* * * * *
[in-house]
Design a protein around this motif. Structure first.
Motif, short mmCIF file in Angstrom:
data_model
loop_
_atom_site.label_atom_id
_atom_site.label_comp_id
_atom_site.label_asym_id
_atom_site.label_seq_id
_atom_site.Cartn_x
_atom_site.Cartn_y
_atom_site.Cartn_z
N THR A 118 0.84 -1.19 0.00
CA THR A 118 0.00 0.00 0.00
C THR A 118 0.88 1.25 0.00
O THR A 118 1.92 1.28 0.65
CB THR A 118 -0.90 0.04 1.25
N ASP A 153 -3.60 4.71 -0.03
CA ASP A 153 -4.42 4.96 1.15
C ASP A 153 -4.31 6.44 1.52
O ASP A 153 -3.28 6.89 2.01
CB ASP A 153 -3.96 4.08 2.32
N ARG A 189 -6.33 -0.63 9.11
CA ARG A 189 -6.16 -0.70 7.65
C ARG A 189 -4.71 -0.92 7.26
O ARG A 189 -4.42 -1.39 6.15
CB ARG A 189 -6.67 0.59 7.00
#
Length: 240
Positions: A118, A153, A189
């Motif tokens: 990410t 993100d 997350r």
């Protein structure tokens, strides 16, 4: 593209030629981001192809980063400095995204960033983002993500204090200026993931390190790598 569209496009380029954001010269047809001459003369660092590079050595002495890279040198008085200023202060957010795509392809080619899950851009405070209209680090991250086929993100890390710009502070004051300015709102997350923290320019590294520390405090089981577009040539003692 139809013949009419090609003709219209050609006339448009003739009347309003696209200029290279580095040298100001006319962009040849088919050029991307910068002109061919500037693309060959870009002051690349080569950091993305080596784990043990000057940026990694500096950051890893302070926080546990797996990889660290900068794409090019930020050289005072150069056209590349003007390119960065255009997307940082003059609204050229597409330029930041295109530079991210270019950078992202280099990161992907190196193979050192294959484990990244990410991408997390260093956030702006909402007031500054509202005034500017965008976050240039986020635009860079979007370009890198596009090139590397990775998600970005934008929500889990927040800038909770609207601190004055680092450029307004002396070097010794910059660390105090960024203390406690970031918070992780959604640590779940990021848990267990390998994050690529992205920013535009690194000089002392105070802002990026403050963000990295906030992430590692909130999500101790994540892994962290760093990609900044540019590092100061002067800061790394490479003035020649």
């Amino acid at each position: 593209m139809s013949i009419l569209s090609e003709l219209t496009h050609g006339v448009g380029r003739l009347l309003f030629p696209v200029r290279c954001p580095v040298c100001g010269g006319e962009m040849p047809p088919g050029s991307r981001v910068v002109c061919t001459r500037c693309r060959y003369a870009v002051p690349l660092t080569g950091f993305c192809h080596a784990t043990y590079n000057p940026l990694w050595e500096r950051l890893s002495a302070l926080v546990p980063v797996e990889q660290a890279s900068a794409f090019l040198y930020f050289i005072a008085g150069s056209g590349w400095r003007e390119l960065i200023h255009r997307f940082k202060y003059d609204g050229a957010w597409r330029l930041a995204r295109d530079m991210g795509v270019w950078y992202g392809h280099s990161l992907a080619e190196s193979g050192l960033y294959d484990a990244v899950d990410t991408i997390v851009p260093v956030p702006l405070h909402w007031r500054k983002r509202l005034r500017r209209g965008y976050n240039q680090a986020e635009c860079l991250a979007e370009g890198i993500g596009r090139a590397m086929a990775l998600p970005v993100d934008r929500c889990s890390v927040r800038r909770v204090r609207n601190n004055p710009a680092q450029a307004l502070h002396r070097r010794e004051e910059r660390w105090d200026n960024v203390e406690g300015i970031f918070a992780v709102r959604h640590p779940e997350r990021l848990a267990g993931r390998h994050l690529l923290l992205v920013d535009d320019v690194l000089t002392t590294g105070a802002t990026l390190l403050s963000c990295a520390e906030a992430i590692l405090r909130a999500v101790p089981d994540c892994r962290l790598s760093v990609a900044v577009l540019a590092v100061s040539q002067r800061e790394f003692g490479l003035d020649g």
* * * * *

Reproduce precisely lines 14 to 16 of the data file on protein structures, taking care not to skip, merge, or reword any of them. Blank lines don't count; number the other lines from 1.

CA THR A 118 0.00 0.00 0.00
C THR A 118 0.88 1.25 0.00
O THR A 118 1.92 1.28 0.65